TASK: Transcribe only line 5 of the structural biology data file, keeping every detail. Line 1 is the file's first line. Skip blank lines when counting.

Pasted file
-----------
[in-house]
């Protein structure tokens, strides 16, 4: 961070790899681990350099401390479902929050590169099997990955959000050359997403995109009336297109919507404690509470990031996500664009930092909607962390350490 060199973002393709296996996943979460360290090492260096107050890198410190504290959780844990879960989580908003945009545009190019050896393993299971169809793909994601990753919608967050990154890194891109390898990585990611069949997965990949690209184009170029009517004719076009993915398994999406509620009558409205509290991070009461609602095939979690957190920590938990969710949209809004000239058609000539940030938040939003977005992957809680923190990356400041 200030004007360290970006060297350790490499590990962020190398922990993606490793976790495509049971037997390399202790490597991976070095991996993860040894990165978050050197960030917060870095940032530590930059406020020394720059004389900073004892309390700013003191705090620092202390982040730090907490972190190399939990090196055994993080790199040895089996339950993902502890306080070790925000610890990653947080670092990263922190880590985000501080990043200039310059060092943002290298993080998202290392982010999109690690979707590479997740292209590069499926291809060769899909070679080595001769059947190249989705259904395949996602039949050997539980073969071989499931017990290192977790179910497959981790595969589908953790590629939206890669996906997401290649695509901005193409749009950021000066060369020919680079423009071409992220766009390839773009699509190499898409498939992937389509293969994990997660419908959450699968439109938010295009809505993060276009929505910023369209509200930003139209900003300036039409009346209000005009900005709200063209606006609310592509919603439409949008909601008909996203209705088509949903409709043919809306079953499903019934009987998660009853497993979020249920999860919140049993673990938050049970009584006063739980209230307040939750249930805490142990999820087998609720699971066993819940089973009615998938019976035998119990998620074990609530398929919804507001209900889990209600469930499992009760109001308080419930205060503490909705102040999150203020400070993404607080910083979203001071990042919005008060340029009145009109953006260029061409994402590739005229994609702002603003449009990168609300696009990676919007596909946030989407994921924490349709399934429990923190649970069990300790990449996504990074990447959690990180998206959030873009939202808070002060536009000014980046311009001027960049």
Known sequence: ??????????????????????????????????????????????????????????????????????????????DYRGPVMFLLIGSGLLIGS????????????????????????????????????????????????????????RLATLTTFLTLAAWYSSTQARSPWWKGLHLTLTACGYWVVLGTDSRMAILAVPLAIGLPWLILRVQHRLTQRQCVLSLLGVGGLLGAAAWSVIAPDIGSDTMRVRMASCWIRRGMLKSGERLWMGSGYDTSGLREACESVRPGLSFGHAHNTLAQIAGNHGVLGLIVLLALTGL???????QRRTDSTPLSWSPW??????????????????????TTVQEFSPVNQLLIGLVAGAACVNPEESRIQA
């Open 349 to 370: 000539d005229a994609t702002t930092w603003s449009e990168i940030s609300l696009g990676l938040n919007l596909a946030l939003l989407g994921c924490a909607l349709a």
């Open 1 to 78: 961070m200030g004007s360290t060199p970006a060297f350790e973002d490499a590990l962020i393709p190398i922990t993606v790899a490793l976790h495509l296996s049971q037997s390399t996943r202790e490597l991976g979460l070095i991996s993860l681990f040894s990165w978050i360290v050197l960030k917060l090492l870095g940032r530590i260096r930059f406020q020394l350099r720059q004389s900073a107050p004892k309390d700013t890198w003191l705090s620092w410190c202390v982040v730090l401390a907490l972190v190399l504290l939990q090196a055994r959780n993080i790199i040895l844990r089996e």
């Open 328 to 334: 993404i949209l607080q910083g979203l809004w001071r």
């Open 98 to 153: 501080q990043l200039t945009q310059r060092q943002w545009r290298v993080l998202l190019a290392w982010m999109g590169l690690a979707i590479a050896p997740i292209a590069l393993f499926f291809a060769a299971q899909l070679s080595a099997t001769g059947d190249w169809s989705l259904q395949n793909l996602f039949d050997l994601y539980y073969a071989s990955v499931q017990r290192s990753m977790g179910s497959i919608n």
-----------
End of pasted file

């Open 1 to 78: 961070m200030g004007s360290t060199p970006a060297f350790e973002d490499a590990l962020i393709p190398i922990t993606v790899a490793l976790h495509l296996s049971q037997s390399t996943r202790e490597l991976g979460l070095i991996s993860l681990f040894s990165w978050i360290v050197l960030k917060l090492l870095g940032r530590i260096r930059f406020q020394l350099r720059q004389s900073a107050p004892k309390d700013t890198w003191l705090s620092w410190c202390v982040v730090l401390a907490l972190v190399l504290l939990q090196a055994r959780n993080i790199i040895l844990r089996e």